(WASHINGTON, D.C.) – Today, U.S. Senator Patty Murray (D-WA) announced that that the the $900,000 she included to support critical water infrastructure improvements in Cowlitz County and the City of Puyallup in the fiscal year 2010 Interior, Environment, and Related Agencies Appropriations bill has been included in the final version of the spending bill. The bill has now been approved by both houses of Congress after passing the Senate today by a vote of 72-28 and will now head to the President, who is expected to sign it into law.
“By investing in local water infrastructure and improving safety and efficiency, this funding will create jobs, boost the economy, and is a strong investment in clean water for our state,” said Senator Patty Murray. “Improving the safety and quality of our water systems is absolutely critical for our families’ health and for our state’s economy.”
The funding for City of Puyallup will support the addition of two sewage pumps and the upgrade of the force main: $500,000
“The City of Puyallup is committed to providing the infrastructure that will serve our citizens and also help us to be good stewards of the environment,” said Puyallup City Manager Gary McLean. “This project is a preemptive step in protecting Puyallup and the region’s water quality. We appreciate the support of Senator Murray of this important project.”
The City of Puyallup operates and maintains a sanitary sewer pump station located at 19th St SW and W. Pioneer Ave. The station currently has three pumps which must be used at full capacity during peak flows. The Department of Ecology (DOE) requires that the city have a stand-by pump in case any of its pumps fail. To remain in compliance with DOE regulations, the city must upgrade this portion of the system.
The station was last upgraded in 1996, and currently three pumps are operating in the station. The upgrade will add the two remaining pumps that will bring the station up to full capacity. The project will also modify the existing motor control hardware so that all five pumps can be operated simultaneously on the stand-by power that is currently installed at the station. A parallel force main will be installed and extended approximately one mile from the pump station to the sanitary sewer structure located at 13th Ave NW and 21st St NW. It will then flow directly into the treatment plant to be processed.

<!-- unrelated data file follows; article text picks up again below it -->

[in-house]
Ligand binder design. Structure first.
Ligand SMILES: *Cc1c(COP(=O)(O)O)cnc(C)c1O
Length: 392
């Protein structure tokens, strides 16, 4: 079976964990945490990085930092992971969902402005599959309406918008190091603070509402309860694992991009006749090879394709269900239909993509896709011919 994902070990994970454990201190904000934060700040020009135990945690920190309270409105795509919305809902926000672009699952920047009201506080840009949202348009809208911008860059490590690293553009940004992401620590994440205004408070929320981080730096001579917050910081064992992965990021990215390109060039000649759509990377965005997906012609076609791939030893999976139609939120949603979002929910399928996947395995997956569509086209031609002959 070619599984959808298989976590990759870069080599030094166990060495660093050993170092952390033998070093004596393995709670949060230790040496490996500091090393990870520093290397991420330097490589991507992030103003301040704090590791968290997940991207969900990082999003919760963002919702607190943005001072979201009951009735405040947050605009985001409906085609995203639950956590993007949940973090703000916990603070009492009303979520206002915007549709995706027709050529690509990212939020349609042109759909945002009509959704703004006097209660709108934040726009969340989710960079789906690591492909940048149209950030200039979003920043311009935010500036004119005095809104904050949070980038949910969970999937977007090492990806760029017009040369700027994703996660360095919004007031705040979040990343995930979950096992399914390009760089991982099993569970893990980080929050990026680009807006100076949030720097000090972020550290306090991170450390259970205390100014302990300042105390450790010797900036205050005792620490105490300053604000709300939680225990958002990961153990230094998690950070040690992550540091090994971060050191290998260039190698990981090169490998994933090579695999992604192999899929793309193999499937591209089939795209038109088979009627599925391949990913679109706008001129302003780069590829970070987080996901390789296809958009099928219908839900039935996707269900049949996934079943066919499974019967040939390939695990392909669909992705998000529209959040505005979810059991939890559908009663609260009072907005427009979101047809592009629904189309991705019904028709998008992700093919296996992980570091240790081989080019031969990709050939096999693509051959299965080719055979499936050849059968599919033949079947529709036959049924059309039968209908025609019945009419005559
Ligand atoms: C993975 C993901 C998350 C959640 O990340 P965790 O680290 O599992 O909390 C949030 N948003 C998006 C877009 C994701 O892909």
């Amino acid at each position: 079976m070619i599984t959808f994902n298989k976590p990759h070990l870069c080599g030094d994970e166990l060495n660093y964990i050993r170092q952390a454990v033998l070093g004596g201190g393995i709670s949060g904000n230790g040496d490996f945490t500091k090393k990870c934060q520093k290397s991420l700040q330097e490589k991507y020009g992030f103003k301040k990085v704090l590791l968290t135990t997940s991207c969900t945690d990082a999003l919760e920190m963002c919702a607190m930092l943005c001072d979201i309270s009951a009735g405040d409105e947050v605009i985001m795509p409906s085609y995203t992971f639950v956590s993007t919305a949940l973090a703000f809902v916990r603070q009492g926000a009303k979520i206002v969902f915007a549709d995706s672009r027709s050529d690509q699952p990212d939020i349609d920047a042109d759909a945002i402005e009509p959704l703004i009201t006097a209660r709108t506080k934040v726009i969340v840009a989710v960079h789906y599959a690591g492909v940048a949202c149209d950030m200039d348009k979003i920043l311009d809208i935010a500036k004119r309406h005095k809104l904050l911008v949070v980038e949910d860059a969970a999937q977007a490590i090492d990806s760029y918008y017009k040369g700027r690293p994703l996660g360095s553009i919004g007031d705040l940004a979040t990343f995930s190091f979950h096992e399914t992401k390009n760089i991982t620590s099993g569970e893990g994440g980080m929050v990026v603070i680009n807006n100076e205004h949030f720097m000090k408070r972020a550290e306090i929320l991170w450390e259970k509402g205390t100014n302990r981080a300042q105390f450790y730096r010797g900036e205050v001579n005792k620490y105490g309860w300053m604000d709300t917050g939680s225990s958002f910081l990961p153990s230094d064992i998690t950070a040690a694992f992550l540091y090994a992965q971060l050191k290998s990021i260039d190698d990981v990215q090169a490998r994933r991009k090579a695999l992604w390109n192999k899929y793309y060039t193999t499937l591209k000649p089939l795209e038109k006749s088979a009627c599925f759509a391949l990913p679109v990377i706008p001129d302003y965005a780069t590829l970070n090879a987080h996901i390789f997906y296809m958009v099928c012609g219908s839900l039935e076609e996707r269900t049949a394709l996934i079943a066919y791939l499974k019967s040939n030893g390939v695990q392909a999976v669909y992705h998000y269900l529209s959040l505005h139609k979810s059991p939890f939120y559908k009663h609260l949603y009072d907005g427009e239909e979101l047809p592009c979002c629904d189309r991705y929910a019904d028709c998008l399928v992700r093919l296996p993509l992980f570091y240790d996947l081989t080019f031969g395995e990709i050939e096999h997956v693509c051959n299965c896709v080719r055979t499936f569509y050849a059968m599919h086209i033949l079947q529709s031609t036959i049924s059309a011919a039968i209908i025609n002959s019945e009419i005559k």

This funding will help bring the pump station into compliance with DOE requirements and also have the ability to show measureable results through flow metering. The new pump would not only deliver sanitary sewer to the sewage treatment plant more efficiently, it would allow for scan data and real time flow information to be documented.
The City of Puyallup estimates that the construction project will employ approximately 30 skilled construction workers, and that suppliers and vendors will employ another 20 personnel for the project.
The funding for Cowlitz County Public Utility District #1 will help replace the Alderwood pump station, as well as the Williams Finney Pump Station and hydropneumatic tank: $400,000
“We greatly appreciate Senator Murray’s hard work to secure this grant on behalf of our water customers,” said Kim Adamson, General Manager of Beacon Hill Sewer District, which operates the system. “It will help us replace two pump stations that are beyond their useful life. The construction work will benefit the community by creating jobs and will benefit our customers with improved reliability and safety of their water service.”
Funding will be used to upgrade the water supply system serving Cowlitz County residents to improve health and safety, including replacement of the aging Alderwood pump station to provide addition fire flow capacity. The existing structure housing the pump equipment is no longer structurally sound. It is also not large enough to add the third pump necessary to supply required fire flows.
Funding will also support the replacement of the Williams Finney Pump Station and hydropneumatic tank. The existing pump station and hydropneumatic tank have passed their expected life span. The controls between the pump station and tank have failed and require replacement. Control failure can allow loss of pressure in mainlines with a risk of infiltration threatening public health.
The Cowlitz PUD employs 10 employees in its water supply system in Cowlitz County. They estimate that this project will employ 117 people directly and support an additional 42 indirect jobs in manufacturing and service related fields